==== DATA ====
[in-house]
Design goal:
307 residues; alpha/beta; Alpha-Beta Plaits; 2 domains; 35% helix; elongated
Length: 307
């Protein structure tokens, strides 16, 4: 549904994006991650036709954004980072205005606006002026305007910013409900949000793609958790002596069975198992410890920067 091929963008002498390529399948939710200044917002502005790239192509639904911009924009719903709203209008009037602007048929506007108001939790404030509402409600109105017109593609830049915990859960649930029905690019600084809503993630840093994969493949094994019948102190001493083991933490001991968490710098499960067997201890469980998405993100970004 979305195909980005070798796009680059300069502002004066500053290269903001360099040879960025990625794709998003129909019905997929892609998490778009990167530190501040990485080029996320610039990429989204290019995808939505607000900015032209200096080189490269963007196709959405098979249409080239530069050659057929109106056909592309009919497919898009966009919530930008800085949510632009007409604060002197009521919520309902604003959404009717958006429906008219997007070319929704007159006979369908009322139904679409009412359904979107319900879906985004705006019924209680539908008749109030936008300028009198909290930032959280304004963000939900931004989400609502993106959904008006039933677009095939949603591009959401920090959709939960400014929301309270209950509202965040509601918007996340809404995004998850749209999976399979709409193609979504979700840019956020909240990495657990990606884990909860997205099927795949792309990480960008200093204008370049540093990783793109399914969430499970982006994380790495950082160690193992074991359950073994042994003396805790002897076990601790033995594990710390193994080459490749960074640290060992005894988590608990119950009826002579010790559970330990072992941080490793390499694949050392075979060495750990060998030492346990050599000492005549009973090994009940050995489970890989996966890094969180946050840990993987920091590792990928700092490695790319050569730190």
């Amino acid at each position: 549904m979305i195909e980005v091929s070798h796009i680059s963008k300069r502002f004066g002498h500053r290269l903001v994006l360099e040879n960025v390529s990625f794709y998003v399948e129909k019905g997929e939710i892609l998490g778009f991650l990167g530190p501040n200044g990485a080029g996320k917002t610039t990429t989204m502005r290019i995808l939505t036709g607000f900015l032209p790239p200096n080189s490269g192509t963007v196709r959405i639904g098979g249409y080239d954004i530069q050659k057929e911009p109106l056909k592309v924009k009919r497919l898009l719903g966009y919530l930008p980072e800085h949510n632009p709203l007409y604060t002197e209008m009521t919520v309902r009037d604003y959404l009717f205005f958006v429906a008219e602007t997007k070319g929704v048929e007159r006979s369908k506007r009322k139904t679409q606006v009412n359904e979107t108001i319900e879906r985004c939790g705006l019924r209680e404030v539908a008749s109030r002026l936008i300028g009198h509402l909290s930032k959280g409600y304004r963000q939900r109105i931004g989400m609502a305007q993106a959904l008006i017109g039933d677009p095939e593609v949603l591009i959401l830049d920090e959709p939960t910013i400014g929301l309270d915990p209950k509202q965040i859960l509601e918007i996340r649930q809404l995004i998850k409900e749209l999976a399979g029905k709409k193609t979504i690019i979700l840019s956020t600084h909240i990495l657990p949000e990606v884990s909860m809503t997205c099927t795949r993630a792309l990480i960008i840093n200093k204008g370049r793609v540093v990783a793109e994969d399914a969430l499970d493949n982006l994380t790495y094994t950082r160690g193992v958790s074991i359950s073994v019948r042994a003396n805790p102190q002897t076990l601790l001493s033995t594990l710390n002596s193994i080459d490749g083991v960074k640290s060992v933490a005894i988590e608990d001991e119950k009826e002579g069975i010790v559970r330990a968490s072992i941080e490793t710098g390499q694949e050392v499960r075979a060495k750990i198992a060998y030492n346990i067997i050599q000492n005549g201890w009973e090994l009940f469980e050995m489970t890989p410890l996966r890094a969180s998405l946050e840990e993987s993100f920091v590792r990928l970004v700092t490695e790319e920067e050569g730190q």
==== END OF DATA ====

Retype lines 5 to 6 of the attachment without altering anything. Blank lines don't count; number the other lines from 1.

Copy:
């Protein structure tokens, strides 16, 4: 549904994006991650036709954004980072205005606006002026305007910013409900949000793609958790002596069975198992410890920067 091929963008002498390529399948939710200044917002502005790239192509639904911009924009719903709203209008009037602007048929506007108001939790404030509402409600109105017109593609830049915990859960649930029905690019600084809503993630840093994969493949094994019948102190001493083991933490001991968490710098499960067997201890469980998405993100970004 979305195909980005070798796009680059300069502002004066500053290269903001360099040879960025990625794709998003129909019905997929892609998490778009990167530190501040990485080029996320610039990429989204290019995808939505607000900015032209200096080189490269963007196709959405098979249409080239530069050659057929109106056909592309009919497919898009966009919530930008800085949510632009007409604060002197009521919520309902604003959404009717958006429906008219997007070319929704007159006979369908009322139904679409009412359904979107319900879906985004705006019924209680539908008749109030936008300028009198909290930032959280304004963000939900931004989400609502993106959904008006039933677009095939949603591009959401920090959709939960400014929301309270209950509202965040509601918007996340809404995004998850749209999976399979709409193609979504979700840019956020909240990495657990990606884990909860997205099927795949792309990480960008200093204008370049540093990783793109399914969430499970982006994380790495950082160690193992074991359950073994042994003396805790002897076990601790033995594990710390193994080459490749960074640290060992005894988590608990119950009826002579010790559970330990072992941080490793390499694949050392075979060495750990060998030492346990050599000492005549009973090994009940050995489970890989996966890094969180946050840990993987920091590792990928700092490695790319050569730190």
């Amino acid at each position: 549904m979305i195909e980005v091929s070798h796009i680059s963008k300069r502002f004066g002498h500053r290269l903001v994006l360099e040879n960025v390529s990625f794709y998003v399948e129909k019905g997929e939710i892609l998490g778009f991650l990167g530190p501040n200044g990485a080029g996320k917002t610039t990429t989204m502005r290019i995808l939505t036709g607000f900015l032209p790239p200096n080189s490269g192509t963007v196709r959405i639904g098979g249409y080239d954004i530069q050659k057929e911009p109106l056909k592309v924009k009919r497919l898009l719903g966009y919530l930008p980072e800085h949510n632009p709203l007409y604060t002197e209008m009521t919520v309902r009037d604003y959404l009717f205005f958006v429906a008219e602007t997007k070319g929704v048929e007159r006979s369908k506007r009322k139904t679409q606006v009412n359904e979107t108001i319900e879906r985004c939790g705006l019924r209680e404030v539908a008749s109030r002026l936008i300028g009198h509402l909290s930032k959280g409600y304004r963000q939900r109105i931004g989400m609502a305007q993106a959904l008006i017109g039933d677009p095939e593609v949603l591009i959401l830049d920090e959709p939960t910013i400014g929301l309270d915990p209950k509202q965040i859960l509601e918007i996340r649930q809404l995004i998850k409900e749209l999976a399979g029905k709409k193609t979504i690019i979700l840019s956020t600084h909240i990495l657990p949000e990606v884990s909860m809503t997205c099927t795949r993630a792309l990480i960008i840093n200093k204008g370049r793609v540093v990783a793109e994969d399914a969430l499970d493949n982006l994380t790495y094994t950082r160690g193992v958790s074991i359950s073994v019948r042994a003396n805790p102190q002897t076990l601790l001493s033995t594990l710390n002596s193994i080459d490749g083991v960074k640290s060992v933490a005894i988590e608990d001991e119950k009826e002579g069975i010790v559970r330990a968490s072992i941080e490793t710098g390499q694949e050392v499960r075979a060495k750990i198992a060998y030492n346990i067997i050599q000492n005549g201890w009973e090994l009940f469980e050995m489970t890989p410890l996966r890094a969180s998405l946050e840990e993987s993100f920091v590792r990928l970004v700092t490695e790319e920067e050569g730190q």